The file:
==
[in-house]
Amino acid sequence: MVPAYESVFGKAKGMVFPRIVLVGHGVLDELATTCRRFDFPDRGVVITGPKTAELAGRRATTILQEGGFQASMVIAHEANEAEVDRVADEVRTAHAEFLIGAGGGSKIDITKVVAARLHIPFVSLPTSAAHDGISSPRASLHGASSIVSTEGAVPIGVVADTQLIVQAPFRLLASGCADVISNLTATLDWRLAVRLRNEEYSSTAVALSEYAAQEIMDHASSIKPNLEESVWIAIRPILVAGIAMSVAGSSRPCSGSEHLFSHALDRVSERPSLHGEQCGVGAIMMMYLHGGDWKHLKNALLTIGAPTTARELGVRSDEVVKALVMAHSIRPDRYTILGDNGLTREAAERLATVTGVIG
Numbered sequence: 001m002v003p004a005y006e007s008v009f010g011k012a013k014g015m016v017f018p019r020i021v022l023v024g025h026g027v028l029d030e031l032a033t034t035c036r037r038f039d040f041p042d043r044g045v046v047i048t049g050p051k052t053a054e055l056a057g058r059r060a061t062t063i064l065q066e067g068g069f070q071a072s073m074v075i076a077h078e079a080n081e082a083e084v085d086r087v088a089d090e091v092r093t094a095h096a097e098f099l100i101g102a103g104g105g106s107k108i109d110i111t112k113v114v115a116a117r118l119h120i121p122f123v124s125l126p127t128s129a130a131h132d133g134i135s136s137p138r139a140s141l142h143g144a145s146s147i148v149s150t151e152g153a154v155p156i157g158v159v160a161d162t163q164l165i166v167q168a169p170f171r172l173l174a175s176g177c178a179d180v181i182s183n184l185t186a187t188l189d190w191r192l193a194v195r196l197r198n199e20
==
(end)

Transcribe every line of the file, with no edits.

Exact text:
[in-house]
Amino acid sequence: MVPAYESVFGKAKGMVFPRIVLVGHGVLDELATTCRRFDFPDRGVVITGPKTAELAGRRATTILQEGGFQASMVIAHEANEAEVDRVADEVRTAHAEFLIGAGGGSKIDITKVVAARLHIPFVSLPTSAAHDGISSPRASLHGASSIVSTEGAVPIGVVADTQLIVQAPFRLLASGCADVISNLTATLDWRLAVRLRNEEYSSTAVALSEYAAQEIMDHASSIKPNLEESVWIAIRPILVAGIAMSVAGSSRPCSGSEHLFSHALDRVSERPSLHGEQCGVGAIMMMYLHGGDWKHLKNALLTIGAPTTARELGVRSDEVVKALVMAHSIRPDRYTILGDNGLTREAAERLATVTGVIG
Numbered sequence: 001m002v003p004a005y006e007s008v009f010g011k012a013k014g015m016v017f018p019r020i021v022l023v024g025h026g027v028l029d030e031l032a033t034t035c036r037r038f039d040f041p042d043r044g045v046v047i048t049g050p051k052t053a054e055l056a057g058r059r060a061t062t063i064l065q066e067g068g069f070q071a072s073m074v075i076a077h078e079a080n081e082a083e084v085d086r087v088a089d090e091v092r093t094a095h096a097e098f099l100i101g102a103g104g105g106s107k108i109d110i111t112k113v114v115a116a117r118l119h120i121p122f123v124s125l126p127t128s129a130a131h132d133g134i135s136s137p138r139a140s141l142h143g144a145s146s147i148v149s150t151e152g153a154v155p156i157g158v159v160a161d162t163q164l165i166v167q168a169p170f171r172l173l174a175s176g177c178a179d180v181i182s183n184l185t186a187t188l189d190w191r192l193a194v195r196l197r198n199e20